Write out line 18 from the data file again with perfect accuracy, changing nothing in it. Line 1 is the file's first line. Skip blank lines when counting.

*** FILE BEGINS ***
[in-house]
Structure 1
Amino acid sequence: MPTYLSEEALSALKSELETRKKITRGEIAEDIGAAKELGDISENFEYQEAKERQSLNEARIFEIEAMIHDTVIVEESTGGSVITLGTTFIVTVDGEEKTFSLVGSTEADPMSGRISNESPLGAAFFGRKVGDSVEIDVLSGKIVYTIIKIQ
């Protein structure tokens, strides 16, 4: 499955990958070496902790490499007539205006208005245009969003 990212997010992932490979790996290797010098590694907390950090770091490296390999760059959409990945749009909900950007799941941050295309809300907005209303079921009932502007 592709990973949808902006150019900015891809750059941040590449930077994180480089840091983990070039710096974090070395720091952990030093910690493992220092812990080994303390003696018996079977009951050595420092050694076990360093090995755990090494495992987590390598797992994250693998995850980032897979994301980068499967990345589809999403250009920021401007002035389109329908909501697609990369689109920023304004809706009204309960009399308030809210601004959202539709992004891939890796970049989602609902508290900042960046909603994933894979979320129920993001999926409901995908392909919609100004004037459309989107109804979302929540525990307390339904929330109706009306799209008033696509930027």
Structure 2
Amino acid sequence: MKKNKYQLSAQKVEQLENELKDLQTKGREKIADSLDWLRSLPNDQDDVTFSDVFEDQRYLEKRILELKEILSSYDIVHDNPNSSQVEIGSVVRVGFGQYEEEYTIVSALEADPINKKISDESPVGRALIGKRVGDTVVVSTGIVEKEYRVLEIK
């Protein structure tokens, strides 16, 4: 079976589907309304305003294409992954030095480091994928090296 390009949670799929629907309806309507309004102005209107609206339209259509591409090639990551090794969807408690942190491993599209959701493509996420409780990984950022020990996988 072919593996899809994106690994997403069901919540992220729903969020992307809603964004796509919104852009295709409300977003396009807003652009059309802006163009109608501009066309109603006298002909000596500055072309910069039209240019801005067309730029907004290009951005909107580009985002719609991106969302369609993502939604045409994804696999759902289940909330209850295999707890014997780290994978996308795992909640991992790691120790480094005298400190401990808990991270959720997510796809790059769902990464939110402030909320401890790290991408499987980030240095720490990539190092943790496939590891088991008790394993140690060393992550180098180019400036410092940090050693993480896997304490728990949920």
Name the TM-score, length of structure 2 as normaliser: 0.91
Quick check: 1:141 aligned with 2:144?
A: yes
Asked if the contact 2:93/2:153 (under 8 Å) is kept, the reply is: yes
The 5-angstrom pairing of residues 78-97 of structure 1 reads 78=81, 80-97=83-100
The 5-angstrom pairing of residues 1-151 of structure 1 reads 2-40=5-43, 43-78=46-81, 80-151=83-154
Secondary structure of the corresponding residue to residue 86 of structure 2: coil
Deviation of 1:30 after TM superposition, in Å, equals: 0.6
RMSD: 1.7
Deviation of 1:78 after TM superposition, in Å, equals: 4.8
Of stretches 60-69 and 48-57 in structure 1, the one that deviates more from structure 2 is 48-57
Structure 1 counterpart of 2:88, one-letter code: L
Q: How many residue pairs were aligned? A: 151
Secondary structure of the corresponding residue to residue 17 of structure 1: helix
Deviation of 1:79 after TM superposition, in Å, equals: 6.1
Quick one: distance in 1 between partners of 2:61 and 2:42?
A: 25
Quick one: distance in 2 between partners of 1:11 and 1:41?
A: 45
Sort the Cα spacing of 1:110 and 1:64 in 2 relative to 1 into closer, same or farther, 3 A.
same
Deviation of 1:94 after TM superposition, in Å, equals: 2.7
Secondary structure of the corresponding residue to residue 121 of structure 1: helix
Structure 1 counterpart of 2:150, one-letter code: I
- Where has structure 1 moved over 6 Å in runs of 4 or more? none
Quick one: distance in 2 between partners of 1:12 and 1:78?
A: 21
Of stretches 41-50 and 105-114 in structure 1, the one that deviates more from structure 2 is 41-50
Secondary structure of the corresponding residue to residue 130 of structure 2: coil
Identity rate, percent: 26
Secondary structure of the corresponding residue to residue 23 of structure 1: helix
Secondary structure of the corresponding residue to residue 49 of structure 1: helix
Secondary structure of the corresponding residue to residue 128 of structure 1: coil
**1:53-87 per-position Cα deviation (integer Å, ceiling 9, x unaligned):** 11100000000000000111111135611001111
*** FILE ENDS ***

Of stretches 60-69 and 48-57 in structure 1, the one that deviates more from structure 2 is 48-57